||Reciprocal root-shoot cooling and soil fertilization effects on the seasonal growth of two treeline conifer species|
||Plant Ecology and Diversity. in press. doi:10.1080/17550874.2011.643324|
Background: We currently lack a conclusive explanation for the physiological mechanisms behind the ceasing of tree growth in cold climates. Experiments with controlled temperatures might help to fill this gap in our knowledge.|
Aim: To elucidate the interdependency of root and shoot growth from each other in cold climates, and to test if the cold limitation of tree growth is caused by insufficient soil nutrition.
Methods: Larix decidua and Pinus uncinata seedlings were grown in a full-factorial root–shoot cooling experiment, with organs exposed to either 6 ◦C or 12 ◦C, and half of the seedlings receiving soil fertilization.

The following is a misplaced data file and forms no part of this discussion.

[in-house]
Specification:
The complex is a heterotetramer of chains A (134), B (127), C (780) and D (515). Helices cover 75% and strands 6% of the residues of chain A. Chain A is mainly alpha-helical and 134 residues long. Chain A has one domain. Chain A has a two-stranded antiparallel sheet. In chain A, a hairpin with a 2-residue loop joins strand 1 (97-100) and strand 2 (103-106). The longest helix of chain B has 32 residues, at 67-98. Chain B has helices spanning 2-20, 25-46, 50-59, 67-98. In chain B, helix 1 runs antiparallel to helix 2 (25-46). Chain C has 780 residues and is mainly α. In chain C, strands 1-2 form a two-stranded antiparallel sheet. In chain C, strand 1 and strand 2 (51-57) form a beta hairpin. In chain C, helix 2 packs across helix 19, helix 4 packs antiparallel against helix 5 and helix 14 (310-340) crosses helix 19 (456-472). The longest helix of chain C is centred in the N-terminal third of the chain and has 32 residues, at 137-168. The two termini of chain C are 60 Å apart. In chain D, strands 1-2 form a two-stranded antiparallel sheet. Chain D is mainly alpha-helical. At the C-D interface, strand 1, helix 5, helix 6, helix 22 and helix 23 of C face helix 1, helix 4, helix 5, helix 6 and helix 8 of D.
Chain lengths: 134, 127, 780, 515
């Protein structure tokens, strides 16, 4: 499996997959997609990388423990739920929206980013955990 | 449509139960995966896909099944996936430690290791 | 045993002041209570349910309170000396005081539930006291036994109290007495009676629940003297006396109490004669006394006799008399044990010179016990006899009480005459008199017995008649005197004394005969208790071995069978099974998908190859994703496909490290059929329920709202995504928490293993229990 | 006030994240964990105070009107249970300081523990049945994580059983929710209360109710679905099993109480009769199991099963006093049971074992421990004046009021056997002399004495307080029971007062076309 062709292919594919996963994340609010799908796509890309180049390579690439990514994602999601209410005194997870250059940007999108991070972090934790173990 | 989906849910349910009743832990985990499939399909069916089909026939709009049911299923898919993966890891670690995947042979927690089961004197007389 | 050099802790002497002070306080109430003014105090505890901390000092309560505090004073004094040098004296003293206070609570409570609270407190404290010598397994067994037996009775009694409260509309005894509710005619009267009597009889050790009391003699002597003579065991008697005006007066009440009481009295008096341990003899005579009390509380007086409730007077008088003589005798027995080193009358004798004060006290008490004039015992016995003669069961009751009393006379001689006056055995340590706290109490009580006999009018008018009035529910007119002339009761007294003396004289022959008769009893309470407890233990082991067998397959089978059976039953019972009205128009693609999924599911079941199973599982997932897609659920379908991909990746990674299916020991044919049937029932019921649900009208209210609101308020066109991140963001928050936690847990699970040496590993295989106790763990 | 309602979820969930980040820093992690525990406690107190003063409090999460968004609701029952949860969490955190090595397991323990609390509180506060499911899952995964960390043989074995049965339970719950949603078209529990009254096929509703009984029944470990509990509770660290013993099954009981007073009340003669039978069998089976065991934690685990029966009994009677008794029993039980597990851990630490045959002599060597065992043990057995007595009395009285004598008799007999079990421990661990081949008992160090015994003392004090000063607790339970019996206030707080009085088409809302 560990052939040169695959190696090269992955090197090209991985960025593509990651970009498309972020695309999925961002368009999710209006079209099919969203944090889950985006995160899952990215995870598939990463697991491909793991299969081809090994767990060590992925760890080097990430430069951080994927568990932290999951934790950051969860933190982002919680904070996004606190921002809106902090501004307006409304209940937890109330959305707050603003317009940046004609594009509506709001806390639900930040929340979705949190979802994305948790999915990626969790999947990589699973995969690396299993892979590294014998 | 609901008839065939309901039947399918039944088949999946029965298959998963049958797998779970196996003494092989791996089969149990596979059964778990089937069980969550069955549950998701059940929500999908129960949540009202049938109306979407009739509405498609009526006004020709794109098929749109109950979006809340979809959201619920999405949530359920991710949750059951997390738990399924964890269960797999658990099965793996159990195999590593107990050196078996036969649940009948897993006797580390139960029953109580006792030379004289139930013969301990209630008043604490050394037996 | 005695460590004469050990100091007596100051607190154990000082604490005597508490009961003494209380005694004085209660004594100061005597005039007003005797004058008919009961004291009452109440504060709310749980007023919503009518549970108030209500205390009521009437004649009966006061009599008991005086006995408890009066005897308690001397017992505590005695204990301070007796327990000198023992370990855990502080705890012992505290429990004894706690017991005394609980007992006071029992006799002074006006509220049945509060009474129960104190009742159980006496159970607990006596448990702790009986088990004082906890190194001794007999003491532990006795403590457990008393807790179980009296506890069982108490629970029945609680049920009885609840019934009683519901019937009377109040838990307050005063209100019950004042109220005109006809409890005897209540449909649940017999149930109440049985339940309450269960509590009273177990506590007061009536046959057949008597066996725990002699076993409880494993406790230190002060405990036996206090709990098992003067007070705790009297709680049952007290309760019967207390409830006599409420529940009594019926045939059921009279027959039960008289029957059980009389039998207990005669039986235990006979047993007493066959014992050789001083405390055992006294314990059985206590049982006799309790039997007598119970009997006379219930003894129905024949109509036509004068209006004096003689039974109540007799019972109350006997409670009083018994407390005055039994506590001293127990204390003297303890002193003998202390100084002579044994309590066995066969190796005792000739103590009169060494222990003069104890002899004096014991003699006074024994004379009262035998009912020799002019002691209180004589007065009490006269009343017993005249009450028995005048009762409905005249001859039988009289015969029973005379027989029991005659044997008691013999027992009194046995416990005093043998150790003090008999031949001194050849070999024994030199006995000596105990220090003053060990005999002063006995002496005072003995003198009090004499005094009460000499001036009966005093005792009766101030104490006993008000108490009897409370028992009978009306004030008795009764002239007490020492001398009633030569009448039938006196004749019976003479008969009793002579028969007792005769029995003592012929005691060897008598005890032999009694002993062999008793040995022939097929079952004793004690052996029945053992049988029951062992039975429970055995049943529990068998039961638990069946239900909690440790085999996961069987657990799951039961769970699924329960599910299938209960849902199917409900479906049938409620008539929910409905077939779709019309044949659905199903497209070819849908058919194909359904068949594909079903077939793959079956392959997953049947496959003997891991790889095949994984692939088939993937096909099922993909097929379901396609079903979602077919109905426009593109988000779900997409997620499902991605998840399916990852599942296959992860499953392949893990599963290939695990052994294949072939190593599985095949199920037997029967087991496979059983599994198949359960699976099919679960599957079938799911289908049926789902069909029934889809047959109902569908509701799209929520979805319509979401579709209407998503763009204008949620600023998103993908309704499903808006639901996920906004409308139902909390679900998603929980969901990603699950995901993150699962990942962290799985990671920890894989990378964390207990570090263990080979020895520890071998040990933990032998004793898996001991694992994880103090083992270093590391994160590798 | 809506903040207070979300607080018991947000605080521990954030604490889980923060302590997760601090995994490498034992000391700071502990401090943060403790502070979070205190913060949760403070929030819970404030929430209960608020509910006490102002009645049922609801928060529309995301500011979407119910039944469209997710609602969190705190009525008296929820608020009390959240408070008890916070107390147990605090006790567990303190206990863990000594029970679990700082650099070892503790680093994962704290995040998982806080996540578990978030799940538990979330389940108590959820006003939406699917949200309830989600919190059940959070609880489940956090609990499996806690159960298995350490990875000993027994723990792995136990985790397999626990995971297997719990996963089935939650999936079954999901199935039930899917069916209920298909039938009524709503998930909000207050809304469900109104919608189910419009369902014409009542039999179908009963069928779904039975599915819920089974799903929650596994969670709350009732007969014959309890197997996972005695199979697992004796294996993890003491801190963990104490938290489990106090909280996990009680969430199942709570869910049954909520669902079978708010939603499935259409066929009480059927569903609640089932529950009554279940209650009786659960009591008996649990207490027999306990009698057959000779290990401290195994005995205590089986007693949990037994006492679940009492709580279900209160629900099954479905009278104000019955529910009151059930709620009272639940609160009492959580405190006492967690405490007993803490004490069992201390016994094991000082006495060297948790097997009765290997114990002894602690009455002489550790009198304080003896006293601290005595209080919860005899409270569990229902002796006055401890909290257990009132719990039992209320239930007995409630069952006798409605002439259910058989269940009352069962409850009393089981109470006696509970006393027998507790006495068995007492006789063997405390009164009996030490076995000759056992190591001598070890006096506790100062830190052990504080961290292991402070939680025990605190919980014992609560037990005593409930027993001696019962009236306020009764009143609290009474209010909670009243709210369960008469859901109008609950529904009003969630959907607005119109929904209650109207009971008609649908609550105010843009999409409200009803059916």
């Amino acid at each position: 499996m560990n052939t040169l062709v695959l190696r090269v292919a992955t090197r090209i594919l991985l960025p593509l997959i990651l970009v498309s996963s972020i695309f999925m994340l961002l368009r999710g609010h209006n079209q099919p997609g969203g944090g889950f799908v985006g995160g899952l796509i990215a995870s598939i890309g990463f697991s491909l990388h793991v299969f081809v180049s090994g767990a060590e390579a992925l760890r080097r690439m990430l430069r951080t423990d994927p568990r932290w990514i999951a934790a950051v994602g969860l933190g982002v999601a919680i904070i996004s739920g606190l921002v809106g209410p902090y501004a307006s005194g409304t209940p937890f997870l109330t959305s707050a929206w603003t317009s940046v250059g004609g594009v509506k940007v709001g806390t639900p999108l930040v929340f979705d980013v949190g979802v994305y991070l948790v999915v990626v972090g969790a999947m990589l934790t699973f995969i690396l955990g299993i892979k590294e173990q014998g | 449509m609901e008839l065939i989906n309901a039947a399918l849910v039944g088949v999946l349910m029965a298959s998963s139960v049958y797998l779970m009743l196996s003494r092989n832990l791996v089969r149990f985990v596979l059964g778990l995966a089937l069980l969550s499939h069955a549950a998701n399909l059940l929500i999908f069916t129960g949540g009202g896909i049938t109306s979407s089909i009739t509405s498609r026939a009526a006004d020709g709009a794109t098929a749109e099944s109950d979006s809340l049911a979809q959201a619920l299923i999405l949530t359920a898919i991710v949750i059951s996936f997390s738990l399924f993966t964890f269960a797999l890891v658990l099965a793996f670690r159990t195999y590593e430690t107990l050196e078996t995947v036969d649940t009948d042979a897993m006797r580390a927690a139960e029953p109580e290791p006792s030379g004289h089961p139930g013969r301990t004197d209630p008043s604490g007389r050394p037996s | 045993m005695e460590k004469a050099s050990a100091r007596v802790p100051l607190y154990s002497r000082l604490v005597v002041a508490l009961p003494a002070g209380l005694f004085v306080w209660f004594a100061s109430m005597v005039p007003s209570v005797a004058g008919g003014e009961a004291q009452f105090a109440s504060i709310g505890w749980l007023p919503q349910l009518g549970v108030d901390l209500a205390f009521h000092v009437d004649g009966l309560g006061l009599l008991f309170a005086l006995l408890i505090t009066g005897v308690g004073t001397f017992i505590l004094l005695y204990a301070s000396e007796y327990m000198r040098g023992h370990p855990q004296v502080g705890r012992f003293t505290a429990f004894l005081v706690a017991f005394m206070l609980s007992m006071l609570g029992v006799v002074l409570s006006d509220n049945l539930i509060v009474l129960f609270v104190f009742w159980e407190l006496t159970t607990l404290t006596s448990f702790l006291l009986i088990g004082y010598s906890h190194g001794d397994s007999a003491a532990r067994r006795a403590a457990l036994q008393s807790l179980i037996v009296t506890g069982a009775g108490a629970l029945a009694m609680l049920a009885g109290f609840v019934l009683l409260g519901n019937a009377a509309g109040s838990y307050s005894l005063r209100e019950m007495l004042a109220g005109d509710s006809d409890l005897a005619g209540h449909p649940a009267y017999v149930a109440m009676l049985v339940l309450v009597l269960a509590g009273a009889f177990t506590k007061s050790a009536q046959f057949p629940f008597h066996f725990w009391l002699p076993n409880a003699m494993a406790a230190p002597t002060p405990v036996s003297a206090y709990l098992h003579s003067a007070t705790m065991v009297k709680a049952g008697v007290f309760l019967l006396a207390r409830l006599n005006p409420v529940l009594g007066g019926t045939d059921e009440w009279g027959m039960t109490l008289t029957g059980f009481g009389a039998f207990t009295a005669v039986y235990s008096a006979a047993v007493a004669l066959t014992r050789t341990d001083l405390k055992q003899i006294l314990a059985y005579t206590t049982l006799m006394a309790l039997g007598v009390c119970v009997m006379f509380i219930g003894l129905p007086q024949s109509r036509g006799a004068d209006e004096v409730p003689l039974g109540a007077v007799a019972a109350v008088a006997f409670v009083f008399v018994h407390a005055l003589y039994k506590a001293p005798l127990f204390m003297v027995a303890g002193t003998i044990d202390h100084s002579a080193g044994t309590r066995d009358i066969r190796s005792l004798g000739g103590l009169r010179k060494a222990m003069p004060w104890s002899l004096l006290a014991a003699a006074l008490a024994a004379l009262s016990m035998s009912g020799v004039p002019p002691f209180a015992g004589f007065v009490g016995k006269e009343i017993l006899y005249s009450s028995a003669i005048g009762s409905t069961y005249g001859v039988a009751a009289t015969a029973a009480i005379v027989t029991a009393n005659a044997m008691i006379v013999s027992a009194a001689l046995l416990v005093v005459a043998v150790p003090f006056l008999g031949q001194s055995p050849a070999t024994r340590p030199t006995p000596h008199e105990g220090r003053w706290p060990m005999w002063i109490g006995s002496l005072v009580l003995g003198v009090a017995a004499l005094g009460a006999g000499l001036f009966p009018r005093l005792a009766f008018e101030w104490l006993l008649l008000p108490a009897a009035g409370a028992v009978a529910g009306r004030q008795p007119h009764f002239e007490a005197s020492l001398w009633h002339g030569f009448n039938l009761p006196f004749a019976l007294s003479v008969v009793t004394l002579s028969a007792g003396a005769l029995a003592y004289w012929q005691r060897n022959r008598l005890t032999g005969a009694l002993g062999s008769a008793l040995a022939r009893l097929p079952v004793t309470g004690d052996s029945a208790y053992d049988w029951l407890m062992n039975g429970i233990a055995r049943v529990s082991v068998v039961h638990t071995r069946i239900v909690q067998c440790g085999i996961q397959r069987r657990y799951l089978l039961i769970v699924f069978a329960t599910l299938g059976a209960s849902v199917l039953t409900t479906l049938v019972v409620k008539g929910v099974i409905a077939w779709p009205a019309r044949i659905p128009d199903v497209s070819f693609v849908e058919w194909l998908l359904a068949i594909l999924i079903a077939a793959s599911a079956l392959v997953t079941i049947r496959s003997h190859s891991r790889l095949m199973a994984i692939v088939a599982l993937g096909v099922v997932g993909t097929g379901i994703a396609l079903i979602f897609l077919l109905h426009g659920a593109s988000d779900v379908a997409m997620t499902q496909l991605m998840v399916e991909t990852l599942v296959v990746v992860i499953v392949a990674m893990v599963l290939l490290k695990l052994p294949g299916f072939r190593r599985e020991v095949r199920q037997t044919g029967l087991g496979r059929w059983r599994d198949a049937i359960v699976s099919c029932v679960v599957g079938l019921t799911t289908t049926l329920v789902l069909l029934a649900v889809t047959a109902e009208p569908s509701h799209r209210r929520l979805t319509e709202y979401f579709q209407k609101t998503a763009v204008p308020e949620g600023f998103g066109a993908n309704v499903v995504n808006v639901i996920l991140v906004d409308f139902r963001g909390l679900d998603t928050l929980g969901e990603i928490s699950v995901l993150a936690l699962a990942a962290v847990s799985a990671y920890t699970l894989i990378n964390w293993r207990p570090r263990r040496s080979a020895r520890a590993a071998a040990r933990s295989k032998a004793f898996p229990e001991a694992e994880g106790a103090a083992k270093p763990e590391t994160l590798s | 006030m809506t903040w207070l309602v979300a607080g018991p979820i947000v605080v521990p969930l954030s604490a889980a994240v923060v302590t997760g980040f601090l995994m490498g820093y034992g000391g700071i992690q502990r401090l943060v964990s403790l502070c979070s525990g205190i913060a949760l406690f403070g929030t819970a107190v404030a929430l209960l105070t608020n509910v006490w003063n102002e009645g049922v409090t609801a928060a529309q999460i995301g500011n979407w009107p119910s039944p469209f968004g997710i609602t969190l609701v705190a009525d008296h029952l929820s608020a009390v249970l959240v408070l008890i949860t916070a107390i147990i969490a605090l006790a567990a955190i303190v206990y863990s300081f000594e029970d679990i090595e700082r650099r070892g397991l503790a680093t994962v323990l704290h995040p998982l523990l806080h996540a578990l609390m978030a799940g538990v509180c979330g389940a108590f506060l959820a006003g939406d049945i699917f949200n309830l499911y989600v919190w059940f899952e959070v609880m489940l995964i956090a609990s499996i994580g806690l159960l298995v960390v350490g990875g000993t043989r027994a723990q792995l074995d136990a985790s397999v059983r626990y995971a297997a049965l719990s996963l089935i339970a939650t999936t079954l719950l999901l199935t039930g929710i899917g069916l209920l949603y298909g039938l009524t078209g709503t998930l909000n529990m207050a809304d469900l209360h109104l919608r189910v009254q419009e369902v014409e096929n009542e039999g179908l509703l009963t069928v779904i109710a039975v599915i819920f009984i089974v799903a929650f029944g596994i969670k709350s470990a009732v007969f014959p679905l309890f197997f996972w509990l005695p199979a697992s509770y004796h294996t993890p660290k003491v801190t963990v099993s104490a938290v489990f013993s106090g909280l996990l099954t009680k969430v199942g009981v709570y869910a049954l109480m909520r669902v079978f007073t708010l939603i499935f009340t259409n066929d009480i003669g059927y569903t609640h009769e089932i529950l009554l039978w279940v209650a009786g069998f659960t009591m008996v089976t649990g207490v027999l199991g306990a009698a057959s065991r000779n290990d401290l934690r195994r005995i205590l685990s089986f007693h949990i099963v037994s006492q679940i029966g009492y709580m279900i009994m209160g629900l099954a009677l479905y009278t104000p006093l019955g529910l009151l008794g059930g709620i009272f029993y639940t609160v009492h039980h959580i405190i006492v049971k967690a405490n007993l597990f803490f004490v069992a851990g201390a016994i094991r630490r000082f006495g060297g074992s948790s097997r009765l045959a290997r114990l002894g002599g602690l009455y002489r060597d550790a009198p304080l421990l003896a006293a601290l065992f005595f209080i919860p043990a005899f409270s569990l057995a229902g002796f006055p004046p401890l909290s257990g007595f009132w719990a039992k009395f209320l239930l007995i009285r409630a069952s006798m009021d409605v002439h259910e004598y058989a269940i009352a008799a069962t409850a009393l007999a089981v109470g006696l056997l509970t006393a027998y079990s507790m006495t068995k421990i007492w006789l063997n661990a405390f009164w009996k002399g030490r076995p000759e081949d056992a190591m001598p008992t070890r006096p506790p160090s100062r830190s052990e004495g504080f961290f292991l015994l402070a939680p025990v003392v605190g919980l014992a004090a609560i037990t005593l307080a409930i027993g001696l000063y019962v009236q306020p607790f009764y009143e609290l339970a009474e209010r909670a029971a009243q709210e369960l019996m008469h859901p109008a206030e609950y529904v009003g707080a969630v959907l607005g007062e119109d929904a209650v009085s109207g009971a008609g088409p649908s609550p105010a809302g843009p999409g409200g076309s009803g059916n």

Results: Although severely restricted, seedlings still showed net-biomass increments at 6 ◦C. Partial cooling of either roots or shoots ameliorated growth compared with completely cooled seedlings, but cooling of one part also affected the productivity of the warmer tissues. Fertilization was ineffective on completely cooled seedlings, but doubled productivity of both species if roots and shoots were exposed to warmer temperatures simultaneously.
Conclusion: Meristematic growth is interdependent among tree organs, leading to reduced growth of all parts of a tree, independent if roots or shoots are directly affected by cold temperatures. Cold-climate growth limitation of trees cannot be lifted by soil fertilization.
||alpine treeline, cold climate, functional growth analysis, limitation, Larix; Pinus, soil nutrition
||Günter Hoch: email | webpage|